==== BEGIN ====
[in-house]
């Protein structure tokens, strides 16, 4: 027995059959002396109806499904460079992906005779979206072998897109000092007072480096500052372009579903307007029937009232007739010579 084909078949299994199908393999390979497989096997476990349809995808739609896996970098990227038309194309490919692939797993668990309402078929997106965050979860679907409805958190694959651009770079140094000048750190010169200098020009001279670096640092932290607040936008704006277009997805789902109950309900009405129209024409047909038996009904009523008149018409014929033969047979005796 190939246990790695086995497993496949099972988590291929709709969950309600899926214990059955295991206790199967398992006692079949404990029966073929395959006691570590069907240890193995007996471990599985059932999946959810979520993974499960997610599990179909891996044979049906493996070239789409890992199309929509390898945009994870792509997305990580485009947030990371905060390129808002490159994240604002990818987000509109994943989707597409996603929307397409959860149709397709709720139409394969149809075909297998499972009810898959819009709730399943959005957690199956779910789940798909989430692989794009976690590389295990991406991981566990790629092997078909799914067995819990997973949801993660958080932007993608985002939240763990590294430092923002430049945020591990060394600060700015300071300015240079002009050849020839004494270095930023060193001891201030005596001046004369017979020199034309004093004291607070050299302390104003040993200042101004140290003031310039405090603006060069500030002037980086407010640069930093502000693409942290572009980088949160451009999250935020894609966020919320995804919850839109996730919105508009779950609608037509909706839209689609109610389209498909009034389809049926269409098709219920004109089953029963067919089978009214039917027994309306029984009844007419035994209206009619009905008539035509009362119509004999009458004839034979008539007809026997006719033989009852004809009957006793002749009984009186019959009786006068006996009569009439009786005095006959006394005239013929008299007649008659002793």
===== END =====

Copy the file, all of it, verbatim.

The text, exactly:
[in-house]
């Protein structure tokens, strides 16, 4: 027995059959002396109806499904460079992906005779979206072998897109000092007072480096500052372009579903307007029937009232007739010579 084909078949299994199908393999390979497989096997476990349809995808739609896996970098990227038309194309490919692939797993668990309402078929997106965050979860679907409805958190694959651009770079140094000048750190010169200098020009001279670096640092932290607040936008704006277009997805789902109950309900009405129209024409047909038996009904009523008149018409014929033969047979005796 190939246990790695086995497993496949099972988590291929709709969950309600899926214990059955295991206790199967398992006692079949404990029966073929395959006691570590069907240890193995007996471990599985059932999946959810979520993974499960997610599990179909891996044979049906493996070239789409890992199309929509390898945009994870792509997305990580485009947030990371905060390129808002490159994240604002990818987000509109994943989707597409996603929307397409959860149709397709709720139409394969149809075909297998499972009810898959819009709730399943959005957690199956779910789940798909989430692989794009976690590389295990991406991981566990790629092997078909799914067995819990997973949801993660958080932007993608985002939240763990590294430092923002430049945020591990060394600060700015300071300015240079002009050849020839004494270095930023060193001891201030005596001046004369017979020199034309004093004291607070050299302390104003040993200042101004140290003031310039405090603006060069500030002037980086407010640069930093502000693409942290572009980088949160451009999250935020894609966020919320995804919850839109996730919105508009779950609608037509909706839209689609109610389209498909009034389809049926269409098709219920004109089953029963067919089978009214039917027994309306029984009844007419035994209206009619009905008539035509009362119509004999009458004839034979008539007809026997006719033989009852004809009957006793002749009984009186019959009786006068006996009569009439009786005095006959006394005239013929008299007649008659002793």